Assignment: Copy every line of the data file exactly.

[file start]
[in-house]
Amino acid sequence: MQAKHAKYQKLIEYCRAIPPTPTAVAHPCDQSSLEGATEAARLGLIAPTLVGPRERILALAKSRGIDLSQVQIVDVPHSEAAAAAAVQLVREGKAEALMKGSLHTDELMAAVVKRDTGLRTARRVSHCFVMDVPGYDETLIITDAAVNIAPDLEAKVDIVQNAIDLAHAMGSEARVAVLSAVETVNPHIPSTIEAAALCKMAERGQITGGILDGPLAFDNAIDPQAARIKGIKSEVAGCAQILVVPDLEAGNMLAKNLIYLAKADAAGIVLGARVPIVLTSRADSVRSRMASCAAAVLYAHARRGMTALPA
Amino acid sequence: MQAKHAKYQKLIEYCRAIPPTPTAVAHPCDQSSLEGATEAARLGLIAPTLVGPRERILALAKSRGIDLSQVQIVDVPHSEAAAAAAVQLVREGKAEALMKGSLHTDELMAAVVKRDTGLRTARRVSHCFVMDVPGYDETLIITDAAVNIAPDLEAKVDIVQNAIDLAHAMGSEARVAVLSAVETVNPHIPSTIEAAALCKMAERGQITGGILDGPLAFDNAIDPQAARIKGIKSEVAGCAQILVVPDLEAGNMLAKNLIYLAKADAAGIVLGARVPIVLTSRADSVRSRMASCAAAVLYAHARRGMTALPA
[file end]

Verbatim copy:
[in-house]
Amino acid sequence: MQAKHAKYQKLIEYCRAIPPTPTAVAHPCDQSSLEGATEAARLGLIAPTLVGPRERILALAKSRGIDLSQVQIVDVPHSEAAAAAAVQLVREGKAEALMKGSLHTDELMAAVVKRDTGLRTARRVSHCFVMDVPGYDETLIITDAAVNIAPDLEAKVDIVQNAIDLAHAMGSEARVAVLSAVETVNPHIPSTIEAAALCKMAERGQITGGILDGPLAFDNAIDPQAARIKGIKSEVAGCAQILVVPDLEAGNMLAKNLIYLAKADAAGIVLGARVPIVLTSRADSVRSRMASCAAAVLYAHARRGMTALPA
Amino acid sequence: MQAKHAKYQKLIEYCRAIPPTPTAVAHPCDQSSLEGATEAARLGLIAPTLVGPRERILALAKSRGIDLSQVQIVDVPHSEAAAAAAVQLVREGKAEALMKGSLHTDELMAAVVKRDTGLRTARRVSHCFVMDVPGYDETLIITDAAVNIAPDLEAKVDIVQNAIDLAHAMGSEARVAVLSAVETVNPHIPSTIEAAALCKMAERGQITGGILDGPLAFDNAIDPQAARIKGIKSEVAGCAQILVVPDLEAGNMLAKNLIYLAKADAAGIVLGARVPIVLTSRADSVRSRMASCAAAVLYAHARRGMTALPA